‘It was something we had already planned but the fact Gibraltar was put on the UK’s green list is a relief because you’re always a little bit concerned about what’s going to happen at the moment when you book a trip abroad.’
Alexa, who did five days’ quarantine after flying in from the States three weeks ago, added: ‘The flight was about 90 per cent full and there were quite a lot of tourists on it.
‘When we left Heathrow it was raining and cold and only about 12 degrees Celsius so we’re looking forward to feeling the sun on our faces.
‘We’re here till Thursday and we’re going to make the most of every minute.’
The first UK flight to Gibraltar since the May 7 announcement the overseas British territory was one of a handful of green list countries, touched down just 24 hours after the Rock’s government announced zero active resident and visitor Covid cases for the first time since July 21 last year.
All its adult population have been offered vaccines and thousands of Spanish workers who cross the busy border every day to work in Gibraltar, which has a population of just over 33,000, have also received both their jabs.
The last records released yesterday show the total number of vaccines administered were 74,461 – 38,905 first dose and 35,556 second dose.
A last-minute Gibraltar Government vaccination change in policy meant holidaymakers and Gibraltar residents on the first green list plane this morning discovered they still had to be tested for Covid despite saying they had been told before their trip no tests were needed.
Gibraltar’s Chief Minister Fabian Picardo boasted on Sky TV earlier this month British holidaymakers jetting to the Rock would not need PCR tests.
But he was due to announce this afternoon air arrivals from the UK would continue to have to undergo testing for Covid-19 upon arrival in Gibraltar because of concerns over the spread of the Indian variant of the virus in the UK.
Passengers on flight BA492 were today offered free – but mandatory – quick lateral flow tests after reaching the Rock unless they could provide negative PCR tests.
Nick Tree, a former BA airport manager from Stratford-upon-Avon in the West Midlands, said after arriving in Gibraltar: ‘I paid for a PCR test in the UK 10 minutes before the Gibraltar Government changed the technical notice and said no test was required.
‘I touched down to be told the policy had changed while we were in the air and I had to go to a Portakabin outside the terminal to be swabbed.
‘When I said I’d got a negative PCR test which is the most reliable type of test there is I was told to upload it online so local officials were aware.’
Another passenger on the flight added: ‘It was all a bit chaotic. We boarded the flight thinking we’d need nothing and arrived to find we had to be tested because of a last-minute change of policy.
‘The immigration officials were telling us to start with when we touched down they could only let us in if we booked a lateral flow test online but when we tried through the app we were told there would be a charge.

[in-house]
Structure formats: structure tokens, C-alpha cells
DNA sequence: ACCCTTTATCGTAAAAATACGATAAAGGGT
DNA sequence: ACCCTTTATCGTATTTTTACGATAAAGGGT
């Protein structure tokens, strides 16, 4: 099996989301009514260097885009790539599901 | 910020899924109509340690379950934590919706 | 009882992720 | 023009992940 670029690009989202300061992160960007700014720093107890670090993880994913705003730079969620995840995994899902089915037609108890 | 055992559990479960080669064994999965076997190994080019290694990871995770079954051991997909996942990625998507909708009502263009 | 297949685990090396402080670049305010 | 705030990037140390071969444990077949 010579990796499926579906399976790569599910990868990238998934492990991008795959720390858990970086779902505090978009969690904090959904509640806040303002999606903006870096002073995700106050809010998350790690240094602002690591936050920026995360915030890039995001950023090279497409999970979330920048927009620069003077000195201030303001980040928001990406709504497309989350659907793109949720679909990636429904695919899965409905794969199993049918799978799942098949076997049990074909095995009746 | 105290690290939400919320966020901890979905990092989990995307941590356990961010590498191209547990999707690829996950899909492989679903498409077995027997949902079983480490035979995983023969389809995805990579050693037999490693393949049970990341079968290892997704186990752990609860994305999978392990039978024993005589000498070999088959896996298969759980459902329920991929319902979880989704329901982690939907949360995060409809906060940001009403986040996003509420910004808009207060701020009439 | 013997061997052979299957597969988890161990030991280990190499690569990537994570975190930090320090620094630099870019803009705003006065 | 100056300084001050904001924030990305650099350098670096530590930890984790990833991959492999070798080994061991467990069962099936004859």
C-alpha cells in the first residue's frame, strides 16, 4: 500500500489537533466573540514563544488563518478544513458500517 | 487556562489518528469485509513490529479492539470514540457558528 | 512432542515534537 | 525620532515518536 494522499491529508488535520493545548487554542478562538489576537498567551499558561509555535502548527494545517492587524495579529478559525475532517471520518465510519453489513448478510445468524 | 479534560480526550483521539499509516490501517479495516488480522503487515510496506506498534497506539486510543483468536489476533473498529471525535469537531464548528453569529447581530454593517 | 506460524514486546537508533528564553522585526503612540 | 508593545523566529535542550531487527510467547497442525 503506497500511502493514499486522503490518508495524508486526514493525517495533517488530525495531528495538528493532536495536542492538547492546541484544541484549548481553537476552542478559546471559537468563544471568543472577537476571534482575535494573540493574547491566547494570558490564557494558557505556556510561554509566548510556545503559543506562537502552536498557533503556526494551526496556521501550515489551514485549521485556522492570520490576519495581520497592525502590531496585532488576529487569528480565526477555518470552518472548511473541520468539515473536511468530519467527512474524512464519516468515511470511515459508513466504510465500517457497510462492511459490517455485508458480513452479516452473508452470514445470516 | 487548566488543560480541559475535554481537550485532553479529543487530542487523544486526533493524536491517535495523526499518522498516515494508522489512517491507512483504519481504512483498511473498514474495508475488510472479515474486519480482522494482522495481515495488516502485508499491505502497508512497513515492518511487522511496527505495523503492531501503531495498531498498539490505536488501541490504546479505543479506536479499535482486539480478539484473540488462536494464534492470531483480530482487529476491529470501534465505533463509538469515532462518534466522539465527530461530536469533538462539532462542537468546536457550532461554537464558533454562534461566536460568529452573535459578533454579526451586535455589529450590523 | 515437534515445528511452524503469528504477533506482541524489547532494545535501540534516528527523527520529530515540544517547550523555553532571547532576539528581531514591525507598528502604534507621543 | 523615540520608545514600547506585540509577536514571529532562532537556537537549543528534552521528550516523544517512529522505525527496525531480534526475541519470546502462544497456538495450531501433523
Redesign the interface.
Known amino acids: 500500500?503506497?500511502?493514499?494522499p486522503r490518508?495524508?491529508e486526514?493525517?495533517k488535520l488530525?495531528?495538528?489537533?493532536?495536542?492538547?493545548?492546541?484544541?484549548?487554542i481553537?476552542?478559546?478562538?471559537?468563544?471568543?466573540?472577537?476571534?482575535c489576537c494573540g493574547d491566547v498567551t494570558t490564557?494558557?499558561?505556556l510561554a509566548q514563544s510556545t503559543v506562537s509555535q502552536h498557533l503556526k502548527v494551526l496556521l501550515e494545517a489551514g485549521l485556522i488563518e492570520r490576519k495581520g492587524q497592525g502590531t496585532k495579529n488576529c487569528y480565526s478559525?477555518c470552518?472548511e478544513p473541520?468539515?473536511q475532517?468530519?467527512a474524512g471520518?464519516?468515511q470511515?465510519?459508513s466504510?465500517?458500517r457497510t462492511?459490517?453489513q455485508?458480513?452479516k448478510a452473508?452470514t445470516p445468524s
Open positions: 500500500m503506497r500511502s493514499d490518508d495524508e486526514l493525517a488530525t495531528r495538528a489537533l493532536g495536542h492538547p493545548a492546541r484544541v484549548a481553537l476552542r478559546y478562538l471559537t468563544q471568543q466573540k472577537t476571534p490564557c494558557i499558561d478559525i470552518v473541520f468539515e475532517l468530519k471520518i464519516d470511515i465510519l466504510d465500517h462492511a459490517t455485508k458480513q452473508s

‘In the end we got through and had it done for free.’
Warwick Howard, from Fenny Drayton in Leicestershire, said: ‘We were caught a bit blindsided by the test requirement but I’m happy to comply.
‘It’s a simple test and very little hassle for something which at the end of the day helps to keep everyone safe.’
So, where IS accepting UK tourists? After Portugal flip-flopped on allowing us in, these are the European countries welcoming Brits… and the ones shutting us out
The EU may decide as early as today to let vaccinated Brits into the continent, as tourism is starting to reopen across Europe with vaccine drives ramping up and Covid infections falling
Green list countries
Portugal has become much talked-about in recent days: A favourite travel destination of British sun-seekers, it was included on the government’s travel ‘green list’ and initially seemed eager to welcome us from today.
But that was all thrown into chaos this week when it was suddenly announced that a ban on non-essential travel might be extended until May 30, throwing hundreds of people’s plans into doubt.
Portugal has now reversed that stance, saying it will accept tourist arrivals from Britain from today as originally planned.
All arrivals will have to take a PCR test no more than 72 hours beforehand, and bring the negative results with them to be allowed into the country – with those having tickets now in a rush to get the tests sorted.
People travelling to Gibraltar must present proof of a negative test taken within 72 hours prior to arrival, or take a fast test on arrival at Gibraltar Airport.
Those coming from England can present the NHS app or an NHS letter demonstrating vaccination status, but they cannot use a handwritten NHS covid card as proof of inoculation for travel purposes.
Requirements upon arrival will depend on where you have been in the 14 days prior to your arrival. Requirements depend on whether the countries you have previously visited are on green, amber or red lists.
People who have been to a country on the amber or red list in the previous 14 days will be required to take covid tests. If they have not been fully vaccinated, they will need to self-isolate on arrival in Gibraltar. In all instances, you they complete a Passenger Locator Form.
Visitors from any foreign nation are being allowed into the country provided they can show proof of vaccination or a previous covid infection.
Tourists then have to take a PCR test on arrival and wait in their hotel for the results, but border authorities say this will be no longer than 24 hours and is usually over in five or six hours.
There is a complicated list of exemptions for those who are not vaccinated, but it is unlikely that most people will qualify.